You are not currently logged in.
Access JSTOR through your library or other institution:
If You Use a Screen ReaderThis content is available through Read Online (Free) program, which relies on page scans. Since scans are not currently available to screen readers, please contact JSTOR User Support for access. We'll provide a PDF copy for your screen reader.
Gender Stereotypes and Vote Choice
American Journal of Political Science
Vol. 46, No. 1 (Jan., 2002), pp. 20-34
Published by: Midwest Political Science Association
Stable URL: http://www.jstor.org/stable/3088412
Page Count: 15
Since scans are not currently available to screen readers, please contact JSTOR User Support for access. We'll provide a PDF copy for your screen reader.
Preview not available
There are two distinct bodies of research on candidate gender. The first argues that voters are not biased against female candidates. These studies are usually based on aggregate analyses of the success rates of male and female candidates. The second body of research argues that voters employ gender stereotypes when they evaluate candidates. These studies are usually based on experiments which manipulate candidate gender. This study seeks to unite these literatures by incorporating gender stereotypes and hypothetical vote questions involving two candidates in one model I argue that many voters have a baseline gender preference to vote for male over female candidates, or female over male candidates. Using original survey data, I find that this general predisposition or preference can be explained by gender stereotypes about candidate traits, beliefs, and issue competencies, and by voter gender. I also argue that this baseline preference affects voting behavior.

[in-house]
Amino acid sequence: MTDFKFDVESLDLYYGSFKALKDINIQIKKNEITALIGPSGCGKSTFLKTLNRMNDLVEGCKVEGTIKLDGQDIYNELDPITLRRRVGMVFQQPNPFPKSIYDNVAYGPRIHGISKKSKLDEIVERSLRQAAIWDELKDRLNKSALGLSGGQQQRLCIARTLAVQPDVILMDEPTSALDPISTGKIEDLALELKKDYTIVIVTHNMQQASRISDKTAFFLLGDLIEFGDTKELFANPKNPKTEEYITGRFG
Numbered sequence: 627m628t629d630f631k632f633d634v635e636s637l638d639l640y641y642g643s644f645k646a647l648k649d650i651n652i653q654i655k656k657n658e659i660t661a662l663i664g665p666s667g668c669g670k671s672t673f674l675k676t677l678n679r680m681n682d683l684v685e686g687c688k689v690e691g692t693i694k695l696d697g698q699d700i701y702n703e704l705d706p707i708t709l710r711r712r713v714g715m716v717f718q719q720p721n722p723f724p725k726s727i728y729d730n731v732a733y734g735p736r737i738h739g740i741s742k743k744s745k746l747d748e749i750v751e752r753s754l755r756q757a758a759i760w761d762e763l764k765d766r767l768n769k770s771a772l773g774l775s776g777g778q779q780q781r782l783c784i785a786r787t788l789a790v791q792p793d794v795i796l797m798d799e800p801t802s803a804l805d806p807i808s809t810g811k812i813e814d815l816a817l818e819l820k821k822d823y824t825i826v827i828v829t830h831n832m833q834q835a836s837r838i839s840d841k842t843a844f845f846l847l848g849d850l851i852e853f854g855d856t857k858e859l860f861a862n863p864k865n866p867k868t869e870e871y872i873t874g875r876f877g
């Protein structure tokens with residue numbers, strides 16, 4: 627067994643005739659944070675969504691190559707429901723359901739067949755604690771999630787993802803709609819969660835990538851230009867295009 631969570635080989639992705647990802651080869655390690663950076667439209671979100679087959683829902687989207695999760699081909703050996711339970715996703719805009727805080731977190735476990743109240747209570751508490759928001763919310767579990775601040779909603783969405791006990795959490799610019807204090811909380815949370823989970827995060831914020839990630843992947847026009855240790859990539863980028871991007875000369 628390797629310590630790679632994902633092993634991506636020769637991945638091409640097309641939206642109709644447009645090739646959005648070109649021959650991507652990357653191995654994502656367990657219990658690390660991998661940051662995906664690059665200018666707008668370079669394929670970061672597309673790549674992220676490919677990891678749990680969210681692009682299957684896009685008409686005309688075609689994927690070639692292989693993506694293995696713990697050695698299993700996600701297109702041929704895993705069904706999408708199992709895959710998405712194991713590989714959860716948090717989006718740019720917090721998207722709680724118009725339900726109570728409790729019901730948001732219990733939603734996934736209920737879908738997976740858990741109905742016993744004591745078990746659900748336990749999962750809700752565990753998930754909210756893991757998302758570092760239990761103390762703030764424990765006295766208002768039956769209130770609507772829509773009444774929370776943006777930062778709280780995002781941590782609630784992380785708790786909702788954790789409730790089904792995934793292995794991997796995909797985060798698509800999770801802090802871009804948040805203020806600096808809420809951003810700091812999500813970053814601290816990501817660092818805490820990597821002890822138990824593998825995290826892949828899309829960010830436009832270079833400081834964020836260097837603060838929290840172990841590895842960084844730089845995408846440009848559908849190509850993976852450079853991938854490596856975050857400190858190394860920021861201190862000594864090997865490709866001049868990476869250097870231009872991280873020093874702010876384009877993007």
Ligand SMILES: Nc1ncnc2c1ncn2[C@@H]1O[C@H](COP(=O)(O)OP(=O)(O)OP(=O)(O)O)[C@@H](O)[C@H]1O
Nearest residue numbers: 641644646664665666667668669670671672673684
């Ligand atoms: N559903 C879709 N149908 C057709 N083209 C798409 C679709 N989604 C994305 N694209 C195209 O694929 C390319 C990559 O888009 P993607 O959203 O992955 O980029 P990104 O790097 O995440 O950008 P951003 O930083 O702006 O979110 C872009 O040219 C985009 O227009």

American Journal of Political Science © 2002 Midwest Political Science Association